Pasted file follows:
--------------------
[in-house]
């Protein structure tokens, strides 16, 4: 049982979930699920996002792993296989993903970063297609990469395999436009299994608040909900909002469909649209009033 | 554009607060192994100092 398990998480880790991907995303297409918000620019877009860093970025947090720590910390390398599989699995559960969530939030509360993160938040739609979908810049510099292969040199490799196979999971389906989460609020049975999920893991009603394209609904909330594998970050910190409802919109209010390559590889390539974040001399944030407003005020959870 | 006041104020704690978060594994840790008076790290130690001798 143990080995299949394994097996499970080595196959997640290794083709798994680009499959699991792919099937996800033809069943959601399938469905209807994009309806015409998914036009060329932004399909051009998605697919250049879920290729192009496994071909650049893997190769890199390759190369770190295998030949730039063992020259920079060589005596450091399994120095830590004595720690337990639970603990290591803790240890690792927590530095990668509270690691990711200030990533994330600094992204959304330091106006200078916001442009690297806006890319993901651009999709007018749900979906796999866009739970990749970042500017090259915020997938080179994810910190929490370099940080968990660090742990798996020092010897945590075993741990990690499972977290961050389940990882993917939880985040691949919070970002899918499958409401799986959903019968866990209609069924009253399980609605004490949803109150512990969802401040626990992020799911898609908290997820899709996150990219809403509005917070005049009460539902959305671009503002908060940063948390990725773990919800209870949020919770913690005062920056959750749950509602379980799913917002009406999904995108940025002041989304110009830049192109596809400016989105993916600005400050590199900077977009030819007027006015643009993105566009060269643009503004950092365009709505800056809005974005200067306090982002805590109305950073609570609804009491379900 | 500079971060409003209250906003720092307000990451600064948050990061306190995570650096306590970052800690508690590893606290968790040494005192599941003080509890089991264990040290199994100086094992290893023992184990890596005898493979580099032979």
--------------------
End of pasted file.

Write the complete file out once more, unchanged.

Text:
[in-house]
């Protein structure tokens, strides 16, 4: 049982979930699920996002792993296989993903970063297609990469395999436009299994608040909900909002469909649209009033 | 554009607060192994100092 398990998480880790991907995303297409918000620019877009860093970025947090720590910390390398599989699995559960969530939030509360993160938040739609979908810049510099292969040199490799196979999971389906989460609020049975999920893991009603394209609904909330594998970050910190409802919109209010390559590889390539974040001399944030407003005020959870 | 006041104020704690978060594994840790008076790290130690001798 143990080995299949394994097996499970080595196959997640290794083709798994680009499959699991792919099937996800033809069943959601399938469905209807994009309806015409998914036009060329932004399909051009998605697919250049879920290729192009496994071909650049893997190769890199390759190369770190295998030949730039063992020259920079060589005596450091399994120095830590004595720690337990639970603990290591803790240890690792927590530095990668509270690691990711200030990533994330600094992204959304330091106006200078916001442009690297806006890319993901651009999709007018749900979906796999866009739970990749970042500017090259915020997938080179994810910190929490370099940080968990660090742990798996020092010897945590075993741990990690499972977290961050389940990882993917939880985040691949919070970002899918499958409401799986959903019968866990209609069924009253399980609605004490949803109150512990969802401040626990992020799911898609908290997820899709996150990219809403509005917070005049009460539902959305671009503002908060940063948390990725773990919800209870949020919770913690005062920056959750749950509602379980799913917002009406999904995108940025002041989304110009830049192109596809400016989105993916600005400050590199900077977009030819007027006015643009993105566009060269643009503004950092365009709505800056809005974005200067306090982002805590109305950073609570609804009491379900 | 500079971060409003209250906003720092307000990451600064948050990061306190995570650096306590970052800690508690590893606290968790040494005192599941003080509890089991264990040290199994100086094992290893023992184990890596005898493979580099032979």